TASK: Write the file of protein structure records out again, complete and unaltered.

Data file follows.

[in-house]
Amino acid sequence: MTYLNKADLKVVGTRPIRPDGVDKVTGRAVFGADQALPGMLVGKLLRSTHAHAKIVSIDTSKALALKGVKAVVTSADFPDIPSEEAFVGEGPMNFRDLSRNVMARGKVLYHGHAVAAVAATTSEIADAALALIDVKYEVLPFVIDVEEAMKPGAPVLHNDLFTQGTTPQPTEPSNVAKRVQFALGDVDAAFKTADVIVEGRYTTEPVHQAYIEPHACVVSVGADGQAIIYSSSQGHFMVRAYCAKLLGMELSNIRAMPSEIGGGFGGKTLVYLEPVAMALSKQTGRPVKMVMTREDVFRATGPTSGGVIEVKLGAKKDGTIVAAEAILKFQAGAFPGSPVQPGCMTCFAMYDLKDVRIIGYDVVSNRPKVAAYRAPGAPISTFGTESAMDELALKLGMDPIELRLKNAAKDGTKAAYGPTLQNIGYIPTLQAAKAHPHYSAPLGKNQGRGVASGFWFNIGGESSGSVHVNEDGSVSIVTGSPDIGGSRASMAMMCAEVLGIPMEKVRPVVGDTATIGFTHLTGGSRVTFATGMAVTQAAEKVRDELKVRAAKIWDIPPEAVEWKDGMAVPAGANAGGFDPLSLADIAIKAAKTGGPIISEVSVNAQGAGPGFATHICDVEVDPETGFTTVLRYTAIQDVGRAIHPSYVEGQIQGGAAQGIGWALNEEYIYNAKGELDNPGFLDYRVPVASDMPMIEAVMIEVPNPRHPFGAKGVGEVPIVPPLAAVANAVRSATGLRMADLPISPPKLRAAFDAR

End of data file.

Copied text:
[in-house]
Amino acid sequence: MTYLNKADLKVVGTRPIRPDGVDKVTGRAVFGADQALPGMLVGKLLRSTHAHAKIVSIDTSKALALKGVKAVVTSADFPDIPSEEAFVGEGPMNFRDLSRNVMARGKVLYHGHAVAAVAATTSEIADAALALIDVKYEVLPFVIDVEEAMKPGAPVLHNDLFTQGTTPQPTEPSNVAKRVQFALGDVDAAFKTADVIVEGRYTTEPVHQAYIEPHACVVSVGADGQAIIYSSSQGHFMVRAYCAKLLGMELSNIRAMPSEIGGGFGGKTLVYLEPVAMALSKQTGRPVKMVMTREDVFRATGPTSGGVIEVKLGAKKDGTIVAAEAILKFQAGAFPGSPVQPGCMTCFAMYDLKDVRIIGYDVVSNRPKVAAYRAPGAPISTFGTESAMDELALKLGMDPIELRLKNAAKDGTKAAYGPTLQNIGYIPTLQAAKAHPHYSAPLGKNQGRGVASGFWFNIGGESSGSVHVNEDGSVSIVTGSPDIGGSRASMAMMCAEVLGIPMEKVRPVVGDTATIGFTHLTGGSRVTFATGMAVTQAAEKVRDELKVRAAKIWDIPPEAVEWKDGMAVPAGANAGGFDPLSLADIAIKAAKTGGPIISEVSVNAQGAGPGFATHICDVEVDPETGFTTVLRYTAIQDVGRAIHPSYVEGQIQGGAAQGIGWALNEEYIYNAKGELDNPGFLDYRVPVASDMPMIEAVMIEVPNPRHPFGAKGVGEVPIVPPLAAVANAVRSATGLRMADLPISPPKLRAAFDAR